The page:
Sparks but No Flame? Might be Out of Fuel
If you’re trying and trying but your Bic just won’t produce a flame, it might be low or out of fuel.
Time to do a status check: observe and see if the sparker is producing any sparks. If it isn’t, even if your lighter still has fuel, you’re not going to ignite it to produce a flame.
If it is producing sparks, depress the button and listen closely to see if you can hear the hiss of escaping fuel.
If that doesn’t work, shake the lighter near your ear and you might be able to hear a liquid fuel sloshing inside.
If both of those are a negative, your Bic is probably just out of fuel. Ditch it.
The Wheel Turns but Isn’t Making Sparks
If you’re sure your lighter has fuel and the wheel is turning but isn’t producing any sparks, listen closely for that scratchy sound of the wheel rubbing against the flint.
If you hear that scratching sound, you might have a drop of water or other moisture accumulation inside the assembly of the lighter which is preventing the sparks.
Give the lighter some time to dry out and then try again.
The Wheel Won’t Spin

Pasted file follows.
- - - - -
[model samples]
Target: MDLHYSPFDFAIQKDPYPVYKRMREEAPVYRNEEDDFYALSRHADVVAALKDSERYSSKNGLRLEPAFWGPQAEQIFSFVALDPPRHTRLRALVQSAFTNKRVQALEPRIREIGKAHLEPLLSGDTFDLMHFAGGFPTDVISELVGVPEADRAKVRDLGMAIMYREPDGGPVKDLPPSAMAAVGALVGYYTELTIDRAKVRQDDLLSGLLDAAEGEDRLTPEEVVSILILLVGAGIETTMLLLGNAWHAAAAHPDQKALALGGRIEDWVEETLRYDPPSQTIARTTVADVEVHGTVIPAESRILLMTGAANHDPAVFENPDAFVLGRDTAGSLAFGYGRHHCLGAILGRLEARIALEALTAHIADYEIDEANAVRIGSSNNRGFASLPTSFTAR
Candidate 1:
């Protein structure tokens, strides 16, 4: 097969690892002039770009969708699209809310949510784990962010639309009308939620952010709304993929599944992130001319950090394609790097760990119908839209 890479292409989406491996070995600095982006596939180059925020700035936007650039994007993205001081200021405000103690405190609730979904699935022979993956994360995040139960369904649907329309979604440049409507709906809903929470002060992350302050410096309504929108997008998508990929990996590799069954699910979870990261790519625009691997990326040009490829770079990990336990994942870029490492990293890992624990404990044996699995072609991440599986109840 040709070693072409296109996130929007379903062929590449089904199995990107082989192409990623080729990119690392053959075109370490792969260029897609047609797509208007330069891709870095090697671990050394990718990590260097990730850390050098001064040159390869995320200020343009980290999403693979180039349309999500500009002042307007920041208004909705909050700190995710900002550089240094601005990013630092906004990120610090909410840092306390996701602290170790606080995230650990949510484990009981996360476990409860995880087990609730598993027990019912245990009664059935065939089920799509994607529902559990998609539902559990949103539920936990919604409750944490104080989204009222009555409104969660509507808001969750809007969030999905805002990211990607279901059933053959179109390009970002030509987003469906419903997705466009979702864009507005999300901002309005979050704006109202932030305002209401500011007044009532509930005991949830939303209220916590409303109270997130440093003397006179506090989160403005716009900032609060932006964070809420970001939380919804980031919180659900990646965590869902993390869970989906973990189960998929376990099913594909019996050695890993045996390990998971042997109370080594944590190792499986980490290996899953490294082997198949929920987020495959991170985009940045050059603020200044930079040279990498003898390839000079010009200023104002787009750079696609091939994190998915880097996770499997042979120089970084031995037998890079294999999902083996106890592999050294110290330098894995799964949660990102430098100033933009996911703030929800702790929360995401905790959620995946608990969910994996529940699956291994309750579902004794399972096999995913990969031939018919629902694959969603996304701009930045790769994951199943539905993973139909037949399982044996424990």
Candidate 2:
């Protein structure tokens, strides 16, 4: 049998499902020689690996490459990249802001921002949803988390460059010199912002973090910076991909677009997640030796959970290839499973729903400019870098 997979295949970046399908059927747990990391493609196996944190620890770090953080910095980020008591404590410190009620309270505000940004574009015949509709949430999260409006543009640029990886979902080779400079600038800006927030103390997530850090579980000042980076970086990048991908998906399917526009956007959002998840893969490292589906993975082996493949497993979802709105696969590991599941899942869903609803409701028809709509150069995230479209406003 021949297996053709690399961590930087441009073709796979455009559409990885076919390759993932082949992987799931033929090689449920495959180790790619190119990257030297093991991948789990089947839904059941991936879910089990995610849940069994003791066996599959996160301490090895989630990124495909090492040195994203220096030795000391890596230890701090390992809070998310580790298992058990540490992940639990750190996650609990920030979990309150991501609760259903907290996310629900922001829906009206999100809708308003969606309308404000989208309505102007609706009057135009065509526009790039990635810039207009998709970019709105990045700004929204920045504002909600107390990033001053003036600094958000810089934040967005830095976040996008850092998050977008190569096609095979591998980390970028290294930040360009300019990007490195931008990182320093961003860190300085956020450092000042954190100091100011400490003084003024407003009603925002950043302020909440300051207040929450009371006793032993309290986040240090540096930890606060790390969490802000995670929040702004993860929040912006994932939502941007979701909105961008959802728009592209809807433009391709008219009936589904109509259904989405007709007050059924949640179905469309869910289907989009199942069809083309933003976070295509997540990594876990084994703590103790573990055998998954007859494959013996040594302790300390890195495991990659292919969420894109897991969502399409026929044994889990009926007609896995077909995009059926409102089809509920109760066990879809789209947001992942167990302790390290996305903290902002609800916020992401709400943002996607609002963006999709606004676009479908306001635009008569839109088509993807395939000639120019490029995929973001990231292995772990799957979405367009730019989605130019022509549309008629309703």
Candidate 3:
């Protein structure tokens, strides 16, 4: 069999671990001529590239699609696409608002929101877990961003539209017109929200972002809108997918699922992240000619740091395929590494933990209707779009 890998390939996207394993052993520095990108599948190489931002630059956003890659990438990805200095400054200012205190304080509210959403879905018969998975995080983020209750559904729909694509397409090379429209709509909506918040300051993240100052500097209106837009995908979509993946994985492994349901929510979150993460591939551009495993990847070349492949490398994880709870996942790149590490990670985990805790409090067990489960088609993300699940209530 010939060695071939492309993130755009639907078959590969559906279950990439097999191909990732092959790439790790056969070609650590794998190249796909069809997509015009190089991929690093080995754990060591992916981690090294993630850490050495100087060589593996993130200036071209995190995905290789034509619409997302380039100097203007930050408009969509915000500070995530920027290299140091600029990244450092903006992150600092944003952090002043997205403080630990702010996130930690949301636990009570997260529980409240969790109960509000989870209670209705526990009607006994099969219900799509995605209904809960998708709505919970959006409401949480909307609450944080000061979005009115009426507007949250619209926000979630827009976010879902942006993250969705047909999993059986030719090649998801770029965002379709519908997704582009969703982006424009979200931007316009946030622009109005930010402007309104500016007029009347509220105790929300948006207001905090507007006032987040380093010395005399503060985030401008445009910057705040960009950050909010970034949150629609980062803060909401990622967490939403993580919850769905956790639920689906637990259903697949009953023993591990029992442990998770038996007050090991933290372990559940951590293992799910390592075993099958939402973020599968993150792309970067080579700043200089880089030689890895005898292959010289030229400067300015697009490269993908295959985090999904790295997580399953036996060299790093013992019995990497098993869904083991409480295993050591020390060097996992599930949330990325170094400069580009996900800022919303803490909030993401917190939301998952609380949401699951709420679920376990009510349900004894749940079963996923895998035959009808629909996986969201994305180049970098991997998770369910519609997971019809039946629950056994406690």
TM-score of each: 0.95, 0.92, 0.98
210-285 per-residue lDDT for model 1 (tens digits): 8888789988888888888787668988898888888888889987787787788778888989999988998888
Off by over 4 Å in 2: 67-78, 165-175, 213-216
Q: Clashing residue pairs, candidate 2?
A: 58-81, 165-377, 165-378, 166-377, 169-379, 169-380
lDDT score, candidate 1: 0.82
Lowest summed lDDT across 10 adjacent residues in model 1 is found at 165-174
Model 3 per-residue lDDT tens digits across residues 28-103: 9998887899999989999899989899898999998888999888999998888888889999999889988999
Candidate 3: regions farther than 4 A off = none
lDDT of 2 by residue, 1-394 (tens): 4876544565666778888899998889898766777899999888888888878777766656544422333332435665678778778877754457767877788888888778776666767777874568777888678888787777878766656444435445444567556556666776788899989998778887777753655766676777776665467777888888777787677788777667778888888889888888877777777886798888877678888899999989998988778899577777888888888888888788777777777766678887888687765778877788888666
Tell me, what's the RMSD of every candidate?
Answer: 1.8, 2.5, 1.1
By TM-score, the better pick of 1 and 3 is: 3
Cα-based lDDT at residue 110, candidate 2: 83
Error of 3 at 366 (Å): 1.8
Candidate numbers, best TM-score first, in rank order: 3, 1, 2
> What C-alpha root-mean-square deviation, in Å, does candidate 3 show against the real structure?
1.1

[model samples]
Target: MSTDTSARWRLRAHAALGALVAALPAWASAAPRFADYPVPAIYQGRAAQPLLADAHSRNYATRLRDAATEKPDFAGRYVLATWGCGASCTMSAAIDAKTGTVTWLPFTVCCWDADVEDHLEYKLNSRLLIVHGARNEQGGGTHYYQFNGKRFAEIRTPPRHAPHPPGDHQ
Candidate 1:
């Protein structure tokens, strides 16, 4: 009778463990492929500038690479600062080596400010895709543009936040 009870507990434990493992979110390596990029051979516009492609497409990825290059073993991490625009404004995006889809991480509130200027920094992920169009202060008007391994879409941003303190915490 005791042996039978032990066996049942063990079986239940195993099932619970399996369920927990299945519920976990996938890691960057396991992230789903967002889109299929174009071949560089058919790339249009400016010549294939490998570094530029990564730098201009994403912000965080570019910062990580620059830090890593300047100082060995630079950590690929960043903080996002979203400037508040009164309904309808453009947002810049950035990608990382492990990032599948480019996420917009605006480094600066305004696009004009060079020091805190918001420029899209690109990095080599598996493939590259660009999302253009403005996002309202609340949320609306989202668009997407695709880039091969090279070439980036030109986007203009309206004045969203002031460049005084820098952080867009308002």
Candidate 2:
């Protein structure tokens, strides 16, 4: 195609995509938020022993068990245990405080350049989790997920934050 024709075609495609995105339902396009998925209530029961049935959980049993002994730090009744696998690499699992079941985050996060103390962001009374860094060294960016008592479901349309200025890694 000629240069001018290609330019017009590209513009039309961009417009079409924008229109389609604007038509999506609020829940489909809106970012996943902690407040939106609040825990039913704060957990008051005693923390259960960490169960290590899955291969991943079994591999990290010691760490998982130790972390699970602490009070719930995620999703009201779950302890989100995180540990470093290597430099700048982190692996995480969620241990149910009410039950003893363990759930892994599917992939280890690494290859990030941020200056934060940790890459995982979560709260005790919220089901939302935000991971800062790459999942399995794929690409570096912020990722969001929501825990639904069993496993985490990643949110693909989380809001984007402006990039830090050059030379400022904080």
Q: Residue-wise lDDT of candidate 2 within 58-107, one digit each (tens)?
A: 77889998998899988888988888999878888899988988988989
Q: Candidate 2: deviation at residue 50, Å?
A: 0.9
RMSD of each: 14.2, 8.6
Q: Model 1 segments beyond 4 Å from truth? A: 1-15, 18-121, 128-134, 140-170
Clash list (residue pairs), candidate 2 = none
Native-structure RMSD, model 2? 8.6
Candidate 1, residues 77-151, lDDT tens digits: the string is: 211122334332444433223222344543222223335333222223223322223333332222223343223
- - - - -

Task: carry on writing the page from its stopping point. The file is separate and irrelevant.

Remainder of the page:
If the wheel of your lighter just won’t turn, or only turns with considerable effort, the assembly might be damaged or jammed by debris.
If it won’t turn at all, it is likely that your flint, somehow, has worn away to nothing and the wheel is catching on the post which supports it.
If this is the case, your very best bet is to just get a new lighter.
They aren’t designed to be user-serviceable, and they are so cheap it frankly isn’t worth your time to try and repair them.
It’s Too Hard to Spin the Wheel
You aren’t the first to struggle with that.
If you don’t mind making your Bic slightly less safe, you can grab a pair of needle nose pliers or small, hobby-sized side cutters and pry off the thin, metal band that runs down the middle of the wheel.
This is the “child safe” device that the US government mandates all such lighters have.
Removing this band means you can turn the wheel with less downward pressure from your thumb, simplifying activation.
Tom Marlowe practically grew up with a gun in his hand, and has held all kinds of jobs in the gun industry: range safety, sales, instruction and consulting, Tom has the experience to help civilian shooters figure out what will work best for them.